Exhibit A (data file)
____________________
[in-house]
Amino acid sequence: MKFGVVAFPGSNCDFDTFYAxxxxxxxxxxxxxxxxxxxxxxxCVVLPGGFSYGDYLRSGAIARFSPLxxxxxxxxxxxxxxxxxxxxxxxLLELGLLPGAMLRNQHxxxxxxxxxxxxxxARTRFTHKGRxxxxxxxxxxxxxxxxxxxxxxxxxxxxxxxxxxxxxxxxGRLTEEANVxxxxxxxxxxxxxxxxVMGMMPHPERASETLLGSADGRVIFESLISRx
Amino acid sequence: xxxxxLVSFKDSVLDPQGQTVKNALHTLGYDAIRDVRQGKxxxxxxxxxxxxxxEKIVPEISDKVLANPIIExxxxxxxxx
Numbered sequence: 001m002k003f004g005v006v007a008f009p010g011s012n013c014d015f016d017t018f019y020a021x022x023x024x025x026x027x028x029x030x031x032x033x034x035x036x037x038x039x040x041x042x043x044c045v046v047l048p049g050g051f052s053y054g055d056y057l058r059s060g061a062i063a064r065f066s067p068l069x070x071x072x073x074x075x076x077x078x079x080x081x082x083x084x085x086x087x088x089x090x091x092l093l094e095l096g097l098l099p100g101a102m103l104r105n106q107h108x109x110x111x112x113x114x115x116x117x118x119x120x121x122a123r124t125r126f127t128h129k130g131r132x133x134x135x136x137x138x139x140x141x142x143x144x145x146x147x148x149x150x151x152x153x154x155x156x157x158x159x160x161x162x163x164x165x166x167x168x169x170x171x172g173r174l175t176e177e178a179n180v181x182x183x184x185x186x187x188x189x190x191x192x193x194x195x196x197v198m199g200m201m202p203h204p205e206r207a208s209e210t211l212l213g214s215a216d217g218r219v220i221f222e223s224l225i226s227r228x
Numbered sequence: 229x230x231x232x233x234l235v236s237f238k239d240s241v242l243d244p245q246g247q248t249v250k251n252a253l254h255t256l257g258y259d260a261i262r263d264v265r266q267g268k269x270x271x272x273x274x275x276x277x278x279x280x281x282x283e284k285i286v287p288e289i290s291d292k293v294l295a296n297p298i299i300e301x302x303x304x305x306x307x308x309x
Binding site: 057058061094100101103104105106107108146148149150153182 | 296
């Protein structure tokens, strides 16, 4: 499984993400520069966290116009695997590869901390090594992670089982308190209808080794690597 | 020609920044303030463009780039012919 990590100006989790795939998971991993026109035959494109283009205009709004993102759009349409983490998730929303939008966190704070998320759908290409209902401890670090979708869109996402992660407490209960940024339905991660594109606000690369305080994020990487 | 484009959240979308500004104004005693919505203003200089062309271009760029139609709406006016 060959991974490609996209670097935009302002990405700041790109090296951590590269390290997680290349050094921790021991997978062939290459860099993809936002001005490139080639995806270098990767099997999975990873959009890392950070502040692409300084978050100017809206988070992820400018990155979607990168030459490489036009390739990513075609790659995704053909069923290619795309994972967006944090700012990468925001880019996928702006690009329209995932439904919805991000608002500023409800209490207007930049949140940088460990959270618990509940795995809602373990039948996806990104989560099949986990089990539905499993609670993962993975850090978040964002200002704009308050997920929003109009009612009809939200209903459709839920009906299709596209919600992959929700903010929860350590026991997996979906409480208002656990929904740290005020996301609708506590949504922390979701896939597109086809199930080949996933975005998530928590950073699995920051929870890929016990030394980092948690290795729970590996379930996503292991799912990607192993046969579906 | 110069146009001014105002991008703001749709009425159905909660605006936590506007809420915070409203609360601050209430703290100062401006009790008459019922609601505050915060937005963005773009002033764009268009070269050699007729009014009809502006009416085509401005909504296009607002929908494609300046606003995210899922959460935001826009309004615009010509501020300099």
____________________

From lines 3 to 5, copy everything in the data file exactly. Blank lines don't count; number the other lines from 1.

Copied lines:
Amino acid sequence: xxxxxLVSFKDSVLDPQGQTVKNALHTLGYDAIRDVRQGKxxxxxxxxxxxxxxEKIVPEISDKVLANPIIExxxxxxxxx
Numbered sequence: 001m002k003f004g005v006v007a008f009p010g011s012n013c014d015f016d017t018f019y020a021x022x023x024x025x026x027x028x029x030x031x032x033x034x035x036x037x038x039x040x041x042x043x044c045v046v047l048p049g050g051f052s053y054g055d056y057l058r059s060g061a062i063a064r065f066s067p068l069x070x071x072x073x074x075x076x077x078x079x080x081x082x083x084x085x086x087x088x089x090x091x092l093l094e095l096g097l098l099p100g101a102m103l104r105n106q107h108x109x110x111x112x113x114x115x116x117x118x119x120x121x122a123r124t125r126f127t128h129k130g131r132x133x134x135x136x137x138x139x140x141x142x143x144x145x146x147x148x149x150x151x152x153x154x155x156x157x158x159x160x161x162x163x164x165x166x167x168x169x170x171x172g173r174l175t176e177e178a179n180v181x182x183x184x185x186x187x188x189x190x191x192x193x194x195x196x197v198m199g200m201m202p203h204p205e206r207a208s209e210t211l212l213g214s215a216d217g218r219v220i221f222e223s224l225i226s227r228x
Numbered sequence: 229x230x231x232x233x234l235v236s237f238k239d240s241v242l243d244p245q246g247q248t249v250k251n252a253l254h255t256l257g258y259d260a261i262r263d264v265r266q267g268k269x270x271x272x273x274x275x276x277x278x279x280x281x282x283e284k285i286v287p288e289i290s291d292k293v294l295a296n297p298i299i300e301x302x303x304x305x306x307x308x309x